Reflective

A Moving Story…

As I mull over the last 20 years, looking at the walls that have protected my entire reason for living and recalling the woodchip wallpaper that adorned each one, I find myself without any real affection for the house that became our home all those years ago. I do not find this in the least bit strange, however other people seem to.

For all of those well meaning souls out there, here I sit, laptop in lap.

Newly married and 7 months pregnant, I fell in love with a house. We had looked at so many around the Southdown area of Bath, each time we came away feeling totally depressed. So we widened our viewing area and looked at a cottage in Peasdown St John. Well, it was perfect. There was a long, rambling garden that I could imagine my children exploring in, the cottage oozed quirkiness. It completely grabbed me and so we put in an offer. To our delight, it was accepted. I don’t remember the ins and outs but, basically, it was ‘devalued’ by the bank. This meant that either the seller had to reduce their price or we’d have to come up with 3 grand extra as a deposit. It couldn’t be done and so we let it go. I’m telling you this so that you understand that this house was never the ‘love of my life’. It was a quick purchase as I was about to give birth and as such, we’ve been extremely lucky. But, from the beginning, my soul has never really been here. It stayed in the little cottage.

“It’s going to be quite emotional leaving here.”  

“I think I’ll shed a tear or two. Especially when I pack up my room!”

“Lots of good memories eh, Lise? It’s going to be a bit of a wrench isn’t it?”

No, I think, it isn’t. I have been ready to wrench myself away from here for 11 years now. To find a new place that suits me better, that can accommodate my need for anonymity. Wrench me away, I think.

With a cup of coffee in my hand, I gaze out of the kitchen window and a smile forms as I watch the chickens amongst the poppies and dandelions. They’re a fairly recent addition to the family and very welcome too. As my mind drifts, the image drifts too, into shadows of Harry and Gabe, toddling on the uneven lawn, kicking a ball or riding a tricycle. Then I can see a young Nige, dressed as a pirate, surrounded by a dozen kids. They’re all laughing fit to burst as he throws himself from one imaginary treasure island to another. We did throw some magnificent birthday parties for our boys. They are all etched into my memory like veins of gold, ready to travel with me wherever I go.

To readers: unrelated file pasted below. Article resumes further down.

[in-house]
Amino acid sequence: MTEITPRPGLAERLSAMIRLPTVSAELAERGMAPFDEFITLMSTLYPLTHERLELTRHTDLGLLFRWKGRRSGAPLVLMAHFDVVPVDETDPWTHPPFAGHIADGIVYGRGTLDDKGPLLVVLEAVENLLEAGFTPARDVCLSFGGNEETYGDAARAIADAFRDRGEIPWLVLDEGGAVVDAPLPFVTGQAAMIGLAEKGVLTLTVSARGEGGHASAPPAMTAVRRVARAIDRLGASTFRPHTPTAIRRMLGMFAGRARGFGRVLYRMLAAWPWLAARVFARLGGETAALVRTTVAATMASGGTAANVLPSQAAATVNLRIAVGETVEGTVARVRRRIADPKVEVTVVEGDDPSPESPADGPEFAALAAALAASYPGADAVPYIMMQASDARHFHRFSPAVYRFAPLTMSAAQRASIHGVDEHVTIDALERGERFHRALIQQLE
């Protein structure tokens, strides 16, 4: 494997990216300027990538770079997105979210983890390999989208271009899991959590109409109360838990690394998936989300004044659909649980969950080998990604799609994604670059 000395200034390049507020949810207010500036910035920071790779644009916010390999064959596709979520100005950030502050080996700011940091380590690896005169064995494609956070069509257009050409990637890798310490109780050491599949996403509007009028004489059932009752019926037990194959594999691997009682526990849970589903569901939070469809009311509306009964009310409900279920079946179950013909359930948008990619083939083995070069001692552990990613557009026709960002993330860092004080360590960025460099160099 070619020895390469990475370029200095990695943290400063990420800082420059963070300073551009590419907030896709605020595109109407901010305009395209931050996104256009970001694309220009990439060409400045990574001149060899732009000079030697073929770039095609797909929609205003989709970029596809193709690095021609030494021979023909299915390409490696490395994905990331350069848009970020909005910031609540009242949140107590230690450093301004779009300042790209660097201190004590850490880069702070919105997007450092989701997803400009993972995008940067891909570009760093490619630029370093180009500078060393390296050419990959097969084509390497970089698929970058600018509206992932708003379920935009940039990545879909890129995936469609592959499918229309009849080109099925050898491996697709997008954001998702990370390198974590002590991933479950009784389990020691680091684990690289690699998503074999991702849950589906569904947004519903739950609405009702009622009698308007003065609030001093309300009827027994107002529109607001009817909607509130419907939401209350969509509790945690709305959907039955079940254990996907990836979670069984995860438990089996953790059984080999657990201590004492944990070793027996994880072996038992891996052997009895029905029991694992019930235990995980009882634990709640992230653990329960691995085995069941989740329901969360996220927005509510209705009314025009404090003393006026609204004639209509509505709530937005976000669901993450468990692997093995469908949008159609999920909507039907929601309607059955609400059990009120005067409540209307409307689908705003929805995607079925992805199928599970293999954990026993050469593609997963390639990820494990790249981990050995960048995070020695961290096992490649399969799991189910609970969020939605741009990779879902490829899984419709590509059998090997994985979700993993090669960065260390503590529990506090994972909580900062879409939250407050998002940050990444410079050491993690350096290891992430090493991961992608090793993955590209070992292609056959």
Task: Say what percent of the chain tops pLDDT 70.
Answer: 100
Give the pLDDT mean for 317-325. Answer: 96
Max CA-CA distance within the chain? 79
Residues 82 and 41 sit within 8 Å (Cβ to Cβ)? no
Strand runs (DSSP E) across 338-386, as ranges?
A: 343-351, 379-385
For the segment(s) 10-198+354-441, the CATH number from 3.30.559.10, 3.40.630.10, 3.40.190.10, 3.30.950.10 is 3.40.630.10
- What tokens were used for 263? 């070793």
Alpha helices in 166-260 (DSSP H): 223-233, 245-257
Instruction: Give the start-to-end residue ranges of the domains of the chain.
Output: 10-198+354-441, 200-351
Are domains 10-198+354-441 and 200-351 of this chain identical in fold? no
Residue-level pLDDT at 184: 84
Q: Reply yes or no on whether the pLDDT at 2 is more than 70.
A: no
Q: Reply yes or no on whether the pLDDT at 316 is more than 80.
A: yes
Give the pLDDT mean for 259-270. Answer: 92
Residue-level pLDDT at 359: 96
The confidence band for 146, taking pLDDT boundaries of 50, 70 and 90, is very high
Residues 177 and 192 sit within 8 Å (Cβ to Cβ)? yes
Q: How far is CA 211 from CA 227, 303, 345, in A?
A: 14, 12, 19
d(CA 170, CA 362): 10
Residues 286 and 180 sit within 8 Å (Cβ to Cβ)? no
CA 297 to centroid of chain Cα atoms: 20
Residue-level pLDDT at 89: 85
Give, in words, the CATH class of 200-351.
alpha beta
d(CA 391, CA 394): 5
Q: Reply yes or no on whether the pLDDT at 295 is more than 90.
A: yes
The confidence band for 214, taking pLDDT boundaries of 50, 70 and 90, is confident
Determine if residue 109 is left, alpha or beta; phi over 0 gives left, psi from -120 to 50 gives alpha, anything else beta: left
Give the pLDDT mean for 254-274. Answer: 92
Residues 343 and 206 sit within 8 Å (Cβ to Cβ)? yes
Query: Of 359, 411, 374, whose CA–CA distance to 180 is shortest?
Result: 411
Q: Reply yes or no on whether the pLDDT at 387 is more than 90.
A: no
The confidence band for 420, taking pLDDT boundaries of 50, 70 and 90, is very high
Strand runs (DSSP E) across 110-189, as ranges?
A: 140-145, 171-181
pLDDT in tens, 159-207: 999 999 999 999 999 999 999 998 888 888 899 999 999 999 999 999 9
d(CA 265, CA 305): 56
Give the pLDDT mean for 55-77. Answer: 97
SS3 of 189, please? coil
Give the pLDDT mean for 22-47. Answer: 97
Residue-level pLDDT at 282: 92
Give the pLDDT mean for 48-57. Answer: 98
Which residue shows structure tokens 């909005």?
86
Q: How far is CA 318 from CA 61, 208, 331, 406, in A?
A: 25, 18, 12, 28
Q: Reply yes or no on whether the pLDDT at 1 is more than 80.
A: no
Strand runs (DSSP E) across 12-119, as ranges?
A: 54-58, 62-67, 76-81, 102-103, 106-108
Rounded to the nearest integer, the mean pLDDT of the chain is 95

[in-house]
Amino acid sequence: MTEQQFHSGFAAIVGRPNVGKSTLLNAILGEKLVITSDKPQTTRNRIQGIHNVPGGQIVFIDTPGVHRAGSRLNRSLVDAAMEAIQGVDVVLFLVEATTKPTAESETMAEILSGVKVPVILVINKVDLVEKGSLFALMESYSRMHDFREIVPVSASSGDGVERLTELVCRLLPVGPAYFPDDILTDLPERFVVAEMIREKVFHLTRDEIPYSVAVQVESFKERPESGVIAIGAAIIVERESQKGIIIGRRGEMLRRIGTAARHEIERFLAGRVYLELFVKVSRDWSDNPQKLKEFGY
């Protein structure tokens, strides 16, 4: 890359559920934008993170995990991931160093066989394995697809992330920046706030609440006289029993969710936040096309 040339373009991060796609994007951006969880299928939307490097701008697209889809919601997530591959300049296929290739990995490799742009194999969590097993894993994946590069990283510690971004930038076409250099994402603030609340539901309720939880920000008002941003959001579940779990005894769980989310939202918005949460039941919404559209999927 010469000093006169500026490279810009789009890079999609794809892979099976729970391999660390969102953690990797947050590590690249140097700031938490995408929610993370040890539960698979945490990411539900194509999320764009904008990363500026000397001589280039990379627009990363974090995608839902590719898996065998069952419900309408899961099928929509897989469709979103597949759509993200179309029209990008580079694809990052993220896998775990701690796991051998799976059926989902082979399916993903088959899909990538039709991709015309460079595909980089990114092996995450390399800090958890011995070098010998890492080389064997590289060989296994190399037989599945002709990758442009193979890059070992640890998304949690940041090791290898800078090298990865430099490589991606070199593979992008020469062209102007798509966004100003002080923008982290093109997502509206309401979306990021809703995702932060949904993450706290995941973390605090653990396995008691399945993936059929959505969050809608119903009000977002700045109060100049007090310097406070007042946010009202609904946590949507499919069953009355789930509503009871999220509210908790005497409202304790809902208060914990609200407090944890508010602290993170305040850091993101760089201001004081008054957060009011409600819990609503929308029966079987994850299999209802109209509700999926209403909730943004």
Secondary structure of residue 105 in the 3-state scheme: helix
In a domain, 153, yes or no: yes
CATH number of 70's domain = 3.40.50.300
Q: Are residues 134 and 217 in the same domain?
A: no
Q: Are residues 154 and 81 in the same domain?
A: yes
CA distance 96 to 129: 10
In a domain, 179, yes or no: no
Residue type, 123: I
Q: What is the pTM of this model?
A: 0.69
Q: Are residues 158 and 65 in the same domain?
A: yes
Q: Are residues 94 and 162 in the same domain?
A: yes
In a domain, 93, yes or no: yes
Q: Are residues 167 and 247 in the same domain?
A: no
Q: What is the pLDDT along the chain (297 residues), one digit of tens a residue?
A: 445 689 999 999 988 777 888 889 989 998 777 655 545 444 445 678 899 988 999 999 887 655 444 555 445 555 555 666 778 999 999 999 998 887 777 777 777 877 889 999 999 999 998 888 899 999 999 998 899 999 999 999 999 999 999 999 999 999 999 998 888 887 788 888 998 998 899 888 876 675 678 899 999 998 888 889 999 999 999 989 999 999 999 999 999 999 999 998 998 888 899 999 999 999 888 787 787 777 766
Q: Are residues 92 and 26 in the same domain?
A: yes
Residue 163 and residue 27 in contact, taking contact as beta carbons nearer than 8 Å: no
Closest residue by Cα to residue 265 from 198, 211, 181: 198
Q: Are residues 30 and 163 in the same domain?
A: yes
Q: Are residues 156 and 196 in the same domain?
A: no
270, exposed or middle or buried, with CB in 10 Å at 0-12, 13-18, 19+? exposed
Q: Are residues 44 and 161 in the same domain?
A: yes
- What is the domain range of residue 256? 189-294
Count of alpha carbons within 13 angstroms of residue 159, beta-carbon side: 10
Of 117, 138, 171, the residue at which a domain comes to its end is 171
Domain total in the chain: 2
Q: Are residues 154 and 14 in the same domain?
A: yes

As I dwell on these birthdays and celebrations I cannot help but recall the down side to it all too. “Lots of good memories eh, Lise?” Yes, I think, but many more not so.

I had longed to be a mum and had high expectations of myself. I believed I would be Mother Earth, surrounded with babies and cats, permanently smiling. I would bake too –  soft, perfect sponge cakes that everyone would love. After a traumatic delivery (emergency caesarean after a 26 hour labour) I remember sitting in hospital thinking, I am never doing that again! But I knew I was going to. Harry was not going to be an only child and besides, I was going to be Mother Earth…

They used to call it the ‘Baby Blues’. It wasn’t blue though, it was a sort of messy grey. That was how I saw the world for, what, years. Words like ‘loneliness’, ‘isolation’, ‘boredom’ and ‘desperation’ floated around my head. I rocked back and forth for hours at a time, sometimes to get Harry to sleep, others to break the monotony of the day. Nige would get home at 6pm and take over for me while I slept. To say that I let myself go is an understatement. To say that this house felt like my prison is not.

Then, just over a year after Harry was born, I fell pregnant again.